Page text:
Elsewhere in India, 250 men gathered in a huge circus tent on the lawn of the home of one of the native Indian Bene Israel [India’s native Jewish community] and each of the candles was lighted by a soldier who had some special reason for rejoicing–paternity back in the States, promotion, or preservation from danger. The eighth candle was lighted by a British soldier of the King’s Brigade, survivor of battle in the Burmese jungles. At services at Jorhat, a Hanukah gift was presented to Chaplain Williams, a Christian Chaplain, in gratitude for his cooperation with the Jewish personnel.
Officers and soldiers stationed near London decided to reverse the familiar procedure of accepting the holiday hospitality of the local community and to act as hosts themselves. As their guests for a Hanukah party they chose120 Jewish orphans who had lost their parents in the blitz of London’s East End, and held their party at the orphanage. Chaplain Judah Nadich told the story of the festival and led the singing of Hanukah songs. Mickey Mouse films were shown and gifts distributed. The dolls and the boxes of clothing sent to the Chaplain by a women’s organization in the United States, were gratefully received, but most welcome were special gifts donated by the service men themselves–candy, cookies, chewing gum–rare and almost priceless delicacies, saved by the men from their rations and packages from home, and presented as Hanukah Zedakah [DS: “zedakah” is Hebrew for “charity”].
In the evening, impressive services were held at the Bevis Marks Synagogue, in London, the oldest synagogue in the English-speaking world in a structure built in 1701 for a congregation established in 1656. Jewish soldiers of the American forces joined with their allies from Britain, Canada, France, Czechoslovakia, Poland and Holland, heard Chaplains of the United Nations conduct the festival service with the choir of the Great Synagogue.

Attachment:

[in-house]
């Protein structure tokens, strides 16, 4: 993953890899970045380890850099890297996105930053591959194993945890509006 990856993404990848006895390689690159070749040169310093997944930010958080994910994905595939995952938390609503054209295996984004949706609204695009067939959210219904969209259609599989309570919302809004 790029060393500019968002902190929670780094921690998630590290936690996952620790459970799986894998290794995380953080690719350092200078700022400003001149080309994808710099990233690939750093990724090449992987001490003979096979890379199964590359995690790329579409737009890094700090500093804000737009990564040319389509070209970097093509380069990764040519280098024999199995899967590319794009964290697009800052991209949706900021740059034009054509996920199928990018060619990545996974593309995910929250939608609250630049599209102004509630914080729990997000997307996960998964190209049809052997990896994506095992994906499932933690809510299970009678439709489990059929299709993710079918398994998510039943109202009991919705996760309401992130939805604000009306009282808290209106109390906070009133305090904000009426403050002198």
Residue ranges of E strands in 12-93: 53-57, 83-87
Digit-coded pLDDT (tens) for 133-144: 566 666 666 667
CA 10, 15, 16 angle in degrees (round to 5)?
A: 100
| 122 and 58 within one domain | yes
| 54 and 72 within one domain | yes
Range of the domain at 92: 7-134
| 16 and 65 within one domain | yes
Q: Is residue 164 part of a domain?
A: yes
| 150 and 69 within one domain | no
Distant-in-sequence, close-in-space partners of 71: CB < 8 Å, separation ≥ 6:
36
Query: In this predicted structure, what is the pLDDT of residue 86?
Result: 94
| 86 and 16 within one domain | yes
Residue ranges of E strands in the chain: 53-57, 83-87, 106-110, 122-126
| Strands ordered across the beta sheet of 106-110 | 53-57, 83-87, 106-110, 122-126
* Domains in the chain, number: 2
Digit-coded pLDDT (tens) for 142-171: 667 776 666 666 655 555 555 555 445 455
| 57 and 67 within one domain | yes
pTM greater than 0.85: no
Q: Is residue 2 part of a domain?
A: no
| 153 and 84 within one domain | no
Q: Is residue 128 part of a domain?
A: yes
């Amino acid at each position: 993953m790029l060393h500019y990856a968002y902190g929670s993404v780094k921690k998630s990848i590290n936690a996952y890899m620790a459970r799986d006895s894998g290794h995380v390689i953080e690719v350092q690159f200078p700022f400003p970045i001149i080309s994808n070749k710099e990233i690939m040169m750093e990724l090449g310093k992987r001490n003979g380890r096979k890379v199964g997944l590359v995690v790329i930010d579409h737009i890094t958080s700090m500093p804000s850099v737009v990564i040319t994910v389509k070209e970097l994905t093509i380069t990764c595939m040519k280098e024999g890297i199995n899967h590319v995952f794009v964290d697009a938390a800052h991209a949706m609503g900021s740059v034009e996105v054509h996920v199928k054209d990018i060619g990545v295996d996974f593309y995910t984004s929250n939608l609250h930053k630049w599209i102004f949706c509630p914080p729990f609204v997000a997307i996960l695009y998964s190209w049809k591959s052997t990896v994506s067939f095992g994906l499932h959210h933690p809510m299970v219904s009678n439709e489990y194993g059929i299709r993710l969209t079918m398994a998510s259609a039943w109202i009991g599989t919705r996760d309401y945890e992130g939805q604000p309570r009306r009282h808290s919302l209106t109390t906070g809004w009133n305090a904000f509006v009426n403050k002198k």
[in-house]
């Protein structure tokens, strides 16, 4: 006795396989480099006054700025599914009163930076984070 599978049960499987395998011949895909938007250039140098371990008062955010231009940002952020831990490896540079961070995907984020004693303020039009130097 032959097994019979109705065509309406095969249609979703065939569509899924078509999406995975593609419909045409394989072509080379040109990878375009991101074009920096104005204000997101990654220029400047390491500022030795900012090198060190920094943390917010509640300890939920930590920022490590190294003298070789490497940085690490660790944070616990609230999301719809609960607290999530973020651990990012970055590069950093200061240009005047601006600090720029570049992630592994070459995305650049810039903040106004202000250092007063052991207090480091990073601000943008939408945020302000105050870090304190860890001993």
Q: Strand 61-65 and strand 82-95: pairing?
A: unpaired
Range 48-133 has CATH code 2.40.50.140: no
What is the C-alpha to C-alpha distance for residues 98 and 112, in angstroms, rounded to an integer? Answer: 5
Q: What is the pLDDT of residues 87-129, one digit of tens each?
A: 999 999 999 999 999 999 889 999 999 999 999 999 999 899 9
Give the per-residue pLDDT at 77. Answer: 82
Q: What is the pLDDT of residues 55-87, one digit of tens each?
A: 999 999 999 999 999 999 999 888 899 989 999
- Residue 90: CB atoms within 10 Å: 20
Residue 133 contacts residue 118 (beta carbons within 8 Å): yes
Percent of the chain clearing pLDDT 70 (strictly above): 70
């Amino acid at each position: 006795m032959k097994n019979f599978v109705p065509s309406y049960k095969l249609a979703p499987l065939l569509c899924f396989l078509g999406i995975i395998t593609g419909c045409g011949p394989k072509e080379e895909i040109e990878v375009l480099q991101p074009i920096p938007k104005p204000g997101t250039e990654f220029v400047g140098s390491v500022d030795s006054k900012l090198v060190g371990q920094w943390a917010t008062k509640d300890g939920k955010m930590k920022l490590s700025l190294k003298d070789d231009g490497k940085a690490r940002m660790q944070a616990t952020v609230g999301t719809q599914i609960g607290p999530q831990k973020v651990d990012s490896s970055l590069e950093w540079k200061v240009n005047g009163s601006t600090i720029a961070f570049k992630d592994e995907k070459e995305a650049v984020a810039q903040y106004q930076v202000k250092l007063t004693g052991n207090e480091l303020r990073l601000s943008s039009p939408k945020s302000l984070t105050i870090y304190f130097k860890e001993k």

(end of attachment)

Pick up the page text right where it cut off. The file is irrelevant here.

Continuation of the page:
To this stirring religious military service, there is vivid contrast in the celebration which Chaplain Edward T. Sandrow reported from Alaska. The Arctic weather is bitter, the Arctic night long and inky black. Across the ice, the heavy boots of scores of soldiers crunched–men in parkas, mukluks, fur hats, phantom hats, man-borne fortresses against snow and sleet. They crowded the warm, lighted mess hall whose windows were blacked out by the thick rime of heat within and frost outside. Tables were set. Volunteer army cooks (a medical corps lieutenant and several enlisted men) dished up “latkes and gefilte fish.”
“All activity is temporarily halted as we light the Hanukah lights,” the Chaplain wrote. “A mood of seriousness, of historical reflection pervades the atmosphere. For a moment we forget our war. We are transplanted in time and space to Judea. We praise G-d for a military and spiritual victory which in its time brought surcease to Jewish pain. We sing Maoz Tzur (“Rock of Ages”), Mi Y’Mallel [DS: “Who Can Retell?” a Chanukah song]. There is hope in the air. There are dreams of victories to come, of a return to home and loved ones, of happiness in all its potential richness.
“Then a babel of sounds bursts forth, shrieks, laughter. The gefilte fish and G.I. latkes are on the table. They are rapidly consumed. More songs follow. Then instrumental music by a Captain and a Corporal. The Hanukah lights themselves seem to dance. We play “dreidel” [DS: a spinning top game played on Chanukah] and for small stakes. The dredlach [DS: Yiddish plural for dreidel] themselves are works of art. The candles sweat and droop and play along with us. Reluctantly, the evening came to a close. Self appointed K.P.’s begin the job of cleaning the mess hall. We sing “America” and “Hatikvah” [DS: The Hope, the Jewish anthem]. The men start filing out. They are well fortified against cold and darkness. In the midst of war, they have celebrated Hanukah 5704 [DS: the Jewish year]-1943, linked to a deathless, vibrant way of life.”
To all of my Jewish readers, I wish you a continued Happy Chanukah. I’ll be writing a little more about Chanukah before the holiday ends. Stay tuned.
Tags: Alaska, Bene Israel, Burma, Central Pacific, Channukah, Chanukah, Chanukah candles, Chanukkah, Chaplain David Seligson, Chaplain Edward T. Sandrow, Chaplain Jacob Philip Rudin, Chaplain Judah Nadich, David Seligson, Edward T. Sandrow, G.I. latkes, gefilte fish, GI Holy Days, GI Holy Days: Jewish Holidays and Festival Observances Among the Armed Forces Thoughout the World, Hannukah, Hanukah, Hanukkah, India, Jacob Philip Rudin, Jewish Marines, Jewish Welfare Board, Jorhat, Judah Nadich, King's Brigade, latkes, little Burma road, Maccabees, Maoz Tzur, McAllister, McCoy, menorah, Mess Sergeant Levine, Mi Y'Malel, Mi Y'Mallel, Rock of Ages, Shammas, Who can retell?, World War 2, World War II, Zedakah